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Government, Hypocrisy and Legitimacy

In 2010, the U.S. Supreme Court heard arguments in the case of Holder v. Humanitarian Law. In that case, Plaintiffs, Humanitarian Law Project, argued that certain provisions of the USA PATRIOT Act (18 U. S. C. §2339B) were unconstitutional; specifically, those provisions which prohibit "material support" to groups designated as terrorists. In Holder, the plaintiffs sought to help the Kurdistan Workers' Party in Turkey and the Liberation Tigers of Tamil Eelam learn lawful means of achieving political ends. In June of that year the United States Supreme Court (SCOTUS) issued its 6-3 ruling upholding the Department of Justice's exceedingly broad interpretation of the statute criminalizing the provision of "material support", which it defined as "training," "expert advice or assistance," "service," and "personnel", to groups formally designated by the State Department as Terrorist organizations. Thus, the SCOTUS declared from its high perch that the Humanitarian Law Project's peaceful work could be deemed criminal and prosecuted.

The SCOTUS justified its attack on, and blatant effort to erode, established First Amendment jurisprudence by holding that pure political speech could be permissibly criminalized as "material support for Terrorism"consistent with the First Amendment if the "advocacy [is] performed in coordination with, or at the direction of, a foreign terrorist organization". In other words, political advocacy that amounts to no more support than words spoken at an event or in support of that group in print could be prosecuted as a felony punishable with 15 years in prison if the Government can prove that speech is coordinated with the group in achieving its objectives.

The ruling has been described as "one of the most severe erosions of free speech rights in decades". This is because, as the dissent pointed out, "all the activities" at issue, which the Government's interpretation would criminalize, "involve the communication and advocacy of political ideas and lawful means of achieving political ends." The dissent added that the Government's broad interpretation of the statute "gravely and without adequate justification injure[s] interests of the kind the First Amendment protects."

As other commentators have pointed out, this was the first time ever that the SCOTUS ruled that the First Amendment permits the criminalization of pure speech, words and not deeds, advocating lawful, nonviolent activity. Thus, the court ruled that "speech advocating only lawful, nonviolent activity can be made a crime, and that any coordination with a blacklisted group can land a citizen in prison for 15 years."

Since then, the Iranian dissident group Mojahedin-e Khalq (MEK), which is one such officially blacklisted terrorist organization, has been shelling out tens of thousands of dollars to some very high profile officials who have been exposed by journalists for the Christian Science Monitor. That report alleges that:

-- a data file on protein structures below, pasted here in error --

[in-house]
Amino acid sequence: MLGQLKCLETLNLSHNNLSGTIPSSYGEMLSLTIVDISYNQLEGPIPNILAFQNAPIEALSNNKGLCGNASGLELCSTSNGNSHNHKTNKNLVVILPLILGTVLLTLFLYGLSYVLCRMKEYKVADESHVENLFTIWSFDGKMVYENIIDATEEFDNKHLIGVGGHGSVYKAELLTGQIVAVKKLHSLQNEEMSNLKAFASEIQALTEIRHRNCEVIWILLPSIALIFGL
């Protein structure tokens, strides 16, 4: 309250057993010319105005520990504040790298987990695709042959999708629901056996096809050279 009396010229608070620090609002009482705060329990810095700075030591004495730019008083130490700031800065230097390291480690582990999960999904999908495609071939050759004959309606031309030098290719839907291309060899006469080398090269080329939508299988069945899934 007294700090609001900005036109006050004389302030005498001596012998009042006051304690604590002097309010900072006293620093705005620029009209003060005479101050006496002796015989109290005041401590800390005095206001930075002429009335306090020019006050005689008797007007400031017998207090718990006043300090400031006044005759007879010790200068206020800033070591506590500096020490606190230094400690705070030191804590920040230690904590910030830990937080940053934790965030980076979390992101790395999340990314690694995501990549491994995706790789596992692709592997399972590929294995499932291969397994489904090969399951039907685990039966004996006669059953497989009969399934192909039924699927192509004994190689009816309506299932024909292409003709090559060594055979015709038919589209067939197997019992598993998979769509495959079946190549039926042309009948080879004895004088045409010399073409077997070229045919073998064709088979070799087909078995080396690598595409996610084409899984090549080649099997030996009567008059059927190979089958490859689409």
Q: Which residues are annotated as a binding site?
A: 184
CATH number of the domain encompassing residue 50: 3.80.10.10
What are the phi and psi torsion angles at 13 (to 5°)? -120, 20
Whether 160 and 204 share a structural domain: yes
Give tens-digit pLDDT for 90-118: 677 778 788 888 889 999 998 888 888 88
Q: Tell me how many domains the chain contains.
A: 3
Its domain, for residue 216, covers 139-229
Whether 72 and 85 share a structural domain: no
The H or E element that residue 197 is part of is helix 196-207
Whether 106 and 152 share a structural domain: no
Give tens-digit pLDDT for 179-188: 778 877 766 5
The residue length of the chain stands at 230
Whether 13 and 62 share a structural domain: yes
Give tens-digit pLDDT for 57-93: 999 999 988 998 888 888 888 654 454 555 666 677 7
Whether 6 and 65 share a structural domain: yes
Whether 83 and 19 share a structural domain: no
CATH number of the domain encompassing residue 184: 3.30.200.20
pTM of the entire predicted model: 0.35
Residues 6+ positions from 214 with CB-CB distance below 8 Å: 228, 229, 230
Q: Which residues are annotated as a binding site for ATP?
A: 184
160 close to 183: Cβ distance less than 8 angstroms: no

Former US officials taking part in MEK-linked events told the Monitor or confirmed publicly that they received substantial fees, paid by local Iranian-American groups to speaker bureaus that handle their public appearances.

The State Dept. official, who is familiar with the speech contracts, explains the mechanism: "Your speech agent calls, and says you get $20,000 to speak for 20 minutes. They will send a private jet, you get $25,000 more when you are done, and they will send a team to brief you on what to say."

That group of former officials includes Rudy Giuliani, Howard Dean, Michael Mukasey, Andy Card, Lee Hamilton, Tom Ridge, Bill Richardson, Wesley Clark, Michael Hayden, John Bolton, Louis Freeh and former Pennsylvania Governor Ed Rendell, professional media hacks and commentators one and all.

To no one's surprise, none of the above mentioned "notables " has been charged with a crime or is under investigation, save for former Governor Rendell, whose conduct has been so blatant that he has almost compelled the Government to investigate him to save face (not that charges could ever possibly be brought against him, a bona fide member of the political and economic elite).

What this demonstrates conclusively is the fact that rules and laws are nothing more than the exercise of raw power though they be couched in civilized terms and eloquently justified by distinguished jurist.

It is oh so easy to say that political speech, if only by words but not deeds, in support of terrorism is a crime, particularly where the word terrorist is left undefined, as it conveniently is by both the government and the courts. And though the Government, specifically the Department of Justice, keeps a blacklist specifying who is and is not a terrorist, the real problem is that anyone advocating non-violent, yet non-legal, means of protesting Government and its clients are and will soon be labeled terrorist organizations. For what the Government of the few by the few could never tolerate is a threat to its monopoly on violence and control.

Because what this lack of prosecution clearly demonstrates is that the offense is not the act but the idea driving the proscribed conduct. What the Government is seeking to do is self-preservation and, in turn, the perpetuation of the reason for its existence, namely, wealth and its progeny.

Any idea that runs afoul of capitalism and the unfettered accumulation of wealth by the few on the backs of the many is dangerous and criminal, while exploitation, starvation, homelessness, sickness and misery, the product of capitalism for the great mass of people, is not only legal, but celebrated. Such hypocrisy and shameless contempt for the truth can have only one ultimate consequence: an erosion of legitimacy and a hopeless and unmanageable distrust of government—the beginning of the end for any regime. Thank God.